So, the third experiment with the T55, today....I’ll try to be short and quick this time…for a change. :p
In the third experiment with T55 flour, I decided to find out if the very long fermentation time in the first trial was too much for low gluten of this T55 to bear, especially the potion (about 50%) I used for poolish (6-7 hr + 21 hr = 27-28 hrs). So instead of using 100% T55 (save for small amount of Rye for poolish), I replaced about a half of poolish flour to my regular Waitrose Organic Strong flour to bring up the hydration level back to my usual 70% to see how and how much difference it’d make to the character of the dough. Because I’ve been using Waitrose Organic flours for a while and I’m quite familiar with its characteristics, I hoped hopefully it wouldn’t be to difficult to distinguish which characteristics in the dough were due to T55 and the others due to Waitrose’s one.
This is the combination of ingredients I used…..
Poolish - T55: 60g + Waitrose Organic Strong: 55g + Rye: 10g + Water: 125g
Main Dough – T55: 135g + salt: 5g + Water : 55g
Total hydration = a bit under 70%
All the procedures are left unchanged from the regular methods of my original (I mean, after borrowing and stealing the ideas from THE original formulae by Mr.Hamelman and M. Bertinett, mimicking and mutilating them as I wished) Hamelinet Poolisgh Baguette recipe.
The dough felt noticeably firmer than that of the first trial after all the ingredients for the main dough were mixed, though it wasn’t as firm as my regular dough with improvised UK flour mix, of course. But I could feel a sort of ‘core strength’ when S & F-ed in a bowl, which I didn’t feel when I once attempted to make a baguettes by using very similar combination of flours to this, the only difference being plain flour there instead of T55 flour this time (Yup! Been there, done that, too. :p) I found it very interesting because the protein level of the plain flour (Waitrose Leckford Estate Plain) I used then was much higher (11.8%) than this T55 (10.5%). Obviously the protein level, gluten level and, also, gluten quality are all different beasts, as I’ve been told many times by various books and experts, confirming that you really can’t fathom from simply by looking at the protein content on the packet.
After the 21 hrs cold retard, the dough looked much more promising than my first trial and it looked more ‘familiar’ than my second trial, maybe because the hydration level was back to my usual and, possibly, because of the inclusion of 25% Waitrose Organic Strong, my regular flour for poolish.
The ‘feel’ of the dough at pre-shaping, shaping and scoring stages were not bad, quite similar to my regular dough, though it was slightly softer and stickier, naturally. The razor got caught a bit when scoring, just like when working on higher hydration dough (←discreetly preparing an excuse for the pics that are coming), but doable enough (just…). Nothing like the first ciabaguetta disaster.
And this is how it turned out….
It’s not much of a looker at all, especially compared to the second trial’s (= 65% hydration, with accidentally shorter cold retard of 16 hrs).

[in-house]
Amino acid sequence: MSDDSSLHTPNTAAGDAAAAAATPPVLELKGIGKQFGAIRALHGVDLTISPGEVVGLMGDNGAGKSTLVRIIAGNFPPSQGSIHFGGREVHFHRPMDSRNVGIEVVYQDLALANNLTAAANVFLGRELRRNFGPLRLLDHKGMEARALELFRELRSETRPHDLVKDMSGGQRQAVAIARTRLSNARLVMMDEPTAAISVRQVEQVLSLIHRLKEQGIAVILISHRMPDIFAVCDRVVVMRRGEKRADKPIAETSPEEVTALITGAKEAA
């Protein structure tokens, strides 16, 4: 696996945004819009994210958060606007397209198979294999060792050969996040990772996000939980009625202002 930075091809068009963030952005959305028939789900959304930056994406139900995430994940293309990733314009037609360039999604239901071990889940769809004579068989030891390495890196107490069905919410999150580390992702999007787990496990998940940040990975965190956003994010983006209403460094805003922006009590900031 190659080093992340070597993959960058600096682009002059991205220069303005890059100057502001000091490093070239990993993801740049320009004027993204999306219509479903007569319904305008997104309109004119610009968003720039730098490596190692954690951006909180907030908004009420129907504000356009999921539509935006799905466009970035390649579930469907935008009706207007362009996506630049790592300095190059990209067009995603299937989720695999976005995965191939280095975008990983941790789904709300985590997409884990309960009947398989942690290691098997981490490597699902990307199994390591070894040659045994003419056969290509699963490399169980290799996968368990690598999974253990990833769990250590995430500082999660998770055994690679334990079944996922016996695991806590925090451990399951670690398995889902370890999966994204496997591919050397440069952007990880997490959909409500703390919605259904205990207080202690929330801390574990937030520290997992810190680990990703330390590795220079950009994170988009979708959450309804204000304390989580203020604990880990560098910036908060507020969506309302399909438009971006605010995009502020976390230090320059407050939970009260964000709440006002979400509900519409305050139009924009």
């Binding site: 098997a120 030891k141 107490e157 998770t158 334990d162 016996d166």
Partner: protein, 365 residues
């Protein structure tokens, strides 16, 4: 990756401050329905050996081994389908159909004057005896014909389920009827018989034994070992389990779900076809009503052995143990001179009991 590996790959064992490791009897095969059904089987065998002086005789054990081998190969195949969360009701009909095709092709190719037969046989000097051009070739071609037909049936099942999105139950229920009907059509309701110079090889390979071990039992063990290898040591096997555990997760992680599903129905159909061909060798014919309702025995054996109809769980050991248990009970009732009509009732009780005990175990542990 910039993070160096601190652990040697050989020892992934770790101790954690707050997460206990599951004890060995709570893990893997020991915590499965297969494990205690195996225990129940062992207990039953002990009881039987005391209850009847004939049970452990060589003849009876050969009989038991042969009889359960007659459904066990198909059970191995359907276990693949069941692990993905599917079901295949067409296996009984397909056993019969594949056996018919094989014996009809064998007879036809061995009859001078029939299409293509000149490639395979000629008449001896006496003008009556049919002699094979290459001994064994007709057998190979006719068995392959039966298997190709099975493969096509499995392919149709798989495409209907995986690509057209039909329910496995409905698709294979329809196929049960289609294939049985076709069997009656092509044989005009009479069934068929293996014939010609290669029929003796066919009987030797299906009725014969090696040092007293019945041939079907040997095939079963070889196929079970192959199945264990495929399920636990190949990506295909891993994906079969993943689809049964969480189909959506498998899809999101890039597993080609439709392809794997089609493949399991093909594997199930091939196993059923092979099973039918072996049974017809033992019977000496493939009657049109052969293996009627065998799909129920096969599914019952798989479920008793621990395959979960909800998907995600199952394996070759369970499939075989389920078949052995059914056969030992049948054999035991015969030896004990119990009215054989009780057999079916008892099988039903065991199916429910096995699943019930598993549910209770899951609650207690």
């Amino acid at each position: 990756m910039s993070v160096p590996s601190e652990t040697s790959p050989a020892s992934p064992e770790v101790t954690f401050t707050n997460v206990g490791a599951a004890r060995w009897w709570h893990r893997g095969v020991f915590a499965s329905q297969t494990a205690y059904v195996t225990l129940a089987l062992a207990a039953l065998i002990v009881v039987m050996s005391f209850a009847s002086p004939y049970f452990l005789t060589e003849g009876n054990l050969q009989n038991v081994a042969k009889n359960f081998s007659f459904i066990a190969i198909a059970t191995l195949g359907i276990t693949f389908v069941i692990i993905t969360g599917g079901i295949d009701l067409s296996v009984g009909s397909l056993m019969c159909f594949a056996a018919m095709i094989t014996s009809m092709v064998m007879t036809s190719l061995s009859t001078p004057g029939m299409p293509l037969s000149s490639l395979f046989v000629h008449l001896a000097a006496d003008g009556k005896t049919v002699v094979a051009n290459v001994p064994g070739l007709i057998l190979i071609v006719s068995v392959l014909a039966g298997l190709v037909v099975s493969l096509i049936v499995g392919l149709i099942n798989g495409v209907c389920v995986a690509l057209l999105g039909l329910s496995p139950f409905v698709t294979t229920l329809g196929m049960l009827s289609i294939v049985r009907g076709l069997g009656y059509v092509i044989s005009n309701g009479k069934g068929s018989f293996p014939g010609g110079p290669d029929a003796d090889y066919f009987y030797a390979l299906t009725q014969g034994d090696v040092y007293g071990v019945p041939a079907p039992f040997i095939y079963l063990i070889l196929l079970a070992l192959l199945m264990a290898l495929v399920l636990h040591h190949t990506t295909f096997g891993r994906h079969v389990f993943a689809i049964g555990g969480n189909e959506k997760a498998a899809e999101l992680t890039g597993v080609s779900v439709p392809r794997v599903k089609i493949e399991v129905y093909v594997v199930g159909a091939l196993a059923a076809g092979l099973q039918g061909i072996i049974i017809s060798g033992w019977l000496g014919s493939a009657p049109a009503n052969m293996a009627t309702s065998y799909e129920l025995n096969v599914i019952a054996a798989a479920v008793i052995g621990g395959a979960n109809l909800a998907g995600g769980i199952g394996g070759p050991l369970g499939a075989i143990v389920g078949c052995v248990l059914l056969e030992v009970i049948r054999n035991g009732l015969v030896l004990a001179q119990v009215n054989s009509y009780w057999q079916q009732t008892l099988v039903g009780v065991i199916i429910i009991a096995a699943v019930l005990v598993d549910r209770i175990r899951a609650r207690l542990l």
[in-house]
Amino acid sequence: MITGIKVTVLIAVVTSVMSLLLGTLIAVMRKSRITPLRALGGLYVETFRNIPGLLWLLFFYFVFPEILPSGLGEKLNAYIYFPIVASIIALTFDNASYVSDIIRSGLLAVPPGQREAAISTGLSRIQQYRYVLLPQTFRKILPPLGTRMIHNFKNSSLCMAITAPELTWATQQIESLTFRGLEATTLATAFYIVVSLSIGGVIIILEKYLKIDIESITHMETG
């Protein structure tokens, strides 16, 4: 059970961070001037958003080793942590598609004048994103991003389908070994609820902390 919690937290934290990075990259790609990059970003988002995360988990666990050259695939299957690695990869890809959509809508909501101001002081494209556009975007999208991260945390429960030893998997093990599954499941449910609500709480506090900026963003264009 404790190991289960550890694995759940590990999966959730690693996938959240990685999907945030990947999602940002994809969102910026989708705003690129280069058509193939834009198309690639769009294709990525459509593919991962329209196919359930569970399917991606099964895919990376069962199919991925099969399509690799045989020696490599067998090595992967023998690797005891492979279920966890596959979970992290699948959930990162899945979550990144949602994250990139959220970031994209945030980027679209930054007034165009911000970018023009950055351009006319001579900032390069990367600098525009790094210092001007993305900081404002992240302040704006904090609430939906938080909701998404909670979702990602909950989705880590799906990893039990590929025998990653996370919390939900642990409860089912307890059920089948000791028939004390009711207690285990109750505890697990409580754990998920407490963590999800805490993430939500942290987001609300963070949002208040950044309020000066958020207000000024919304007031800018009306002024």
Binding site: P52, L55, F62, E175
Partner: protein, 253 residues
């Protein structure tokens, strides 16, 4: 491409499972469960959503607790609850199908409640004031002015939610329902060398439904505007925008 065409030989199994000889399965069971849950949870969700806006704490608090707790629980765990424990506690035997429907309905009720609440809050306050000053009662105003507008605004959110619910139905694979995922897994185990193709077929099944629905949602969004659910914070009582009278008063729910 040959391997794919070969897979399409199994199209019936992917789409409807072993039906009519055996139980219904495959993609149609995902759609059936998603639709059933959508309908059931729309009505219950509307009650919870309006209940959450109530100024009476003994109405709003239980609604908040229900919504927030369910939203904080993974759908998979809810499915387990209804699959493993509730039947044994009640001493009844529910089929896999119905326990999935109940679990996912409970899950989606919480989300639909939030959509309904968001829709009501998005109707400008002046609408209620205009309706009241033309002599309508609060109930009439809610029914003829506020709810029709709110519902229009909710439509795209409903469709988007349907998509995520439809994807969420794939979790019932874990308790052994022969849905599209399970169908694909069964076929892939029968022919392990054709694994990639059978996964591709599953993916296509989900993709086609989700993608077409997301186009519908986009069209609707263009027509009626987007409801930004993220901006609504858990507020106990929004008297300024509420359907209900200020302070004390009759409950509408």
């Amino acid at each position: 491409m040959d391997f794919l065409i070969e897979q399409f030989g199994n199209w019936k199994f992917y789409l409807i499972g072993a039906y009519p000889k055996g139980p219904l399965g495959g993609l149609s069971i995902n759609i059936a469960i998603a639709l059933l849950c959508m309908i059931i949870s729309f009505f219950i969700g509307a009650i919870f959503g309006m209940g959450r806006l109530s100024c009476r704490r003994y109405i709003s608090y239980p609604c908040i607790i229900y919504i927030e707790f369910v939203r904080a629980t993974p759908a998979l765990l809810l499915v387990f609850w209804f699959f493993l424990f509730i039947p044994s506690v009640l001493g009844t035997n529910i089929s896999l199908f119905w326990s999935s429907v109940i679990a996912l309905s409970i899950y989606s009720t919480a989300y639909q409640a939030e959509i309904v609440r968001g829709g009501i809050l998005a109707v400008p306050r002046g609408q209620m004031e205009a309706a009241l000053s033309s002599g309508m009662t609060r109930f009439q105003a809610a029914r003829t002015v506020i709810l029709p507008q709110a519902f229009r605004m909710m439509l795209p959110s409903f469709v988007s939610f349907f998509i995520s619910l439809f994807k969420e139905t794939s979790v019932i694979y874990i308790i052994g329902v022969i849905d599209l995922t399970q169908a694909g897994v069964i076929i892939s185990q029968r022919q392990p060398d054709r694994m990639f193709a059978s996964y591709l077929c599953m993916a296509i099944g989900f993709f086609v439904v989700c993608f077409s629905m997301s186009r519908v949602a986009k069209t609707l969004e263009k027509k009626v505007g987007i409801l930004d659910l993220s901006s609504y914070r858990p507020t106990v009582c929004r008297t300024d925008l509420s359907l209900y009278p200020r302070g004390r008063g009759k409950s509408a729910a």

However, inside was….….
Not too bad. ….though it’d be utterly outrageous to call it ‘honeycomb’ crumb. Far from it. Actually it's rather similar to my usual baguettes made with my regular, improvised flours. (which confirmed, again, I'd need more practices... a LOT of them.)
And the all important taste and texture….Wasn’t too bad, either. It was light and soft but definitely not fluffy, with a difinite light chew, almost just as I would like from a baguettes. When you pulled the crumb apart, it tore in a different way from my urual improvised UK flour mix baguettes; hard to describe how, but it was more properly ‘baguetty’ way; tore more easily with less resistance into narrower shreds than fatter chunks of torn crumb made from non-T55 flours, and, more significantly, the torn crumb pieces were more (sort of) transparent and with slightly more sheen. The crust is thinner and crispier than my usual; more properly baguette-like here, too. The taste was definitely better than the accidental-16 hr cold retard baguette I made last time, but not as deep or complex as the ciabagutta with 100% T55. And here again, the first taste you notice as soon as you but a piece in your mouth is saltiness, in a very pleasant and appetizing way. It’s milder than the ciabaguetta, but it’s there. Actually when I made the ciabaguetta, I also made a loaf of our current-favourite sourdough, replacing all the white flours with T55 to see how much difference it’d make, and the result of the flavour profile was the same; you taste the pleasant saltiness first and then all other flavours follow and mingle. Very interesting…..I first thought the lower protein level might be the cause of it, higher protein in UK flour masking the saltiness somehow, but then remembered my experience with all-plain flour didn’t show that ‘phenomena,’ so now I’m just intrigued and curious.
And the aroma was again, quite nutty, sweet and lovely, almost as good as the ciabaguetta, only slightly milder. I could also detect the familiar aroma of my regular Waitrose Organic White mingled with the French-y nutty aroma of the T55, and thought, “I actually quite like that, too” which was a bit comforting. ;)
So, now I know this particular T55 does have better flavour but could be difficult flour to work on with 70% hydration combined with 21-hr cold retard......And now you know I’m totalyly incapable of writing a short, concise blog entry. Sorry…..
Building on these experiences, my next experiment will be……………….Watch this space! :p
Lumos the Long and Winding